Trades unions

Trade unions were, in general, hostile to women's suffrage. This occurred because of ‘pride and fear'. This was the pride of men for whom the franchise was one element of their improved status that they could not easily share. There fear was the fear of the skilled worker. Women as unskilled labour, they believed, held down wages and inhibited union agreements in an overstocked labour market. Nevertheless, in 1913, the Trades Union Congress (TUC) followed the Labour Party and made its support for any government-supported Adult Suffrage Bill dependent on the inclusion of women.

In 1832, 1500 women card-setters at Peep Green Yorkshire came out on strike for equal pay. The Lancashire cotton mill women were active in trade unions.

In 1859, the North East Lancashire Amalgamated Society was formed for both men and women.

In 1884 the Northern Counties Amalgamated Association of Weavers was established for male and female workers.

Separate women's unions

In 1874 the Women's Protective and Provident League (WPPL) was established.

In the brief period of new unionism (the late 1880s/early 1890s) unskilled labour became politicised that the Women's Industrial Council (WIC) and a score of women's unions were established.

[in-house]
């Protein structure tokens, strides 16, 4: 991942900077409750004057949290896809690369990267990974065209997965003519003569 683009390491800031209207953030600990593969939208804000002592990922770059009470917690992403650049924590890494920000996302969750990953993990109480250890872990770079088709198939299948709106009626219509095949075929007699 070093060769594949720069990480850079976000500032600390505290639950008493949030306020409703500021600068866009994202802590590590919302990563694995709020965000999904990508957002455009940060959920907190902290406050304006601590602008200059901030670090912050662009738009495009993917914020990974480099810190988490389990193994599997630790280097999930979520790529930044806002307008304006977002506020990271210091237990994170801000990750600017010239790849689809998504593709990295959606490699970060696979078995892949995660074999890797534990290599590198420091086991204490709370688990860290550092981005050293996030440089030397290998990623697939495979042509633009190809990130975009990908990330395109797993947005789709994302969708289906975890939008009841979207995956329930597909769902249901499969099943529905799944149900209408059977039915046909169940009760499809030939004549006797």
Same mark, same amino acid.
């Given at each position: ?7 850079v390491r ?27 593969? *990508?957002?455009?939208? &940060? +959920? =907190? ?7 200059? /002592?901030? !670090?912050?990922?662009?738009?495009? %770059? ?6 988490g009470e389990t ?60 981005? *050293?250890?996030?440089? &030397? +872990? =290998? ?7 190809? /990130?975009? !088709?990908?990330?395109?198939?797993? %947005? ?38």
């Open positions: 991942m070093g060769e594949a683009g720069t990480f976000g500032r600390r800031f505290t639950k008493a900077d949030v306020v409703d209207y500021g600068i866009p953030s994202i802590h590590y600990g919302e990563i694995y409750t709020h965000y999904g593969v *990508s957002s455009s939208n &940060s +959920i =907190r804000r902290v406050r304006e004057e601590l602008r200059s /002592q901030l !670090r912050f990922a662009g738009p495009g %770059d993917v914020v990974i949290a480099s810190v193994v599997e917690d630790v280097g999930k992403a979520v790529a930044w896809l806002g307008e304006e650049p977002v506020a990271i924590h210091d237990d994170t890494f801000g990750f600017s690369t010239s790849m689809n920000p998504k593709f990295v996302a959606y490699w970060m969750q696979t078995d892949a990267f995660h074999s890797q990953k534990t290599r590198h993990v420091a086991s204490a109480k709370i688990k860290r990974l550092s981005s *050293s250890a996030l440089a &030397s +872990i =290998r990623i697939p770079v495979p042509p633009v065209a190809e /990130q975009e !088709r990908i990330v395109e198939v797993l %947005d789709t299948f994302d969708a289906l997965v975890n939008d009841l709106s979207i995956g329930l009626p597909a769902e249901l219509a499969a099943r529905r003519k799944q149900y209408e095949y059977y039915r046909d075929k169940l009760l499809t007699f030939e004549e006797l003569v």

1875 Dewsbury textile workers

1884 the Aberdeen jute workers

1885 Dundee jute workers

1885 Bristol confectionery workers

1888 Bryant and May's match workers

In 1906 there were 167,000 female members of trades unions

In 1914 there were nearly 358,000 female members of trades unions

The 1890s saw both a growth of women's trade union membership and the creation of several new women's organisations. The Women's Trade Union Association (WTUA) was founded in 1889 by women dissatisfied with the stance of the WTUL, amongst them Clementina Black, Amie Hicks, Clara James and Florence Balgarnie. Its aims differed little from the parent body and it was to be a short-lived venture merging in 1897 with the Women's Industrial Council then three years old. In 1870, some 58,000 women were members of trade unions but by 1896 that has risen to 118,000, a figure representing some 7.8 per cent of all union members. Unionism was strong in the textile and especially cotton industry where women often outnumbered male operatives. Women had since the 1850s been incorporated in mixed unions.

1886 Clementina Black and Eleanor Marx became active in the Women's Trade Union League.

1889 Clementina Black helped form the Women's Trade Union Association.

1894 Clementina Black merged the Women's Trade Union Association with the Women's Industrial Council.

The NUWSS and the Women's Freedom League worked closely with the Women's Industrial Council and other groups campaigning for better pay and conditions for women workers.

By 1910, women made up almost one third of the workforce.

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All pages © Helena Wojtczak 2009. Corrections and additions are warmly welcomed. Email me

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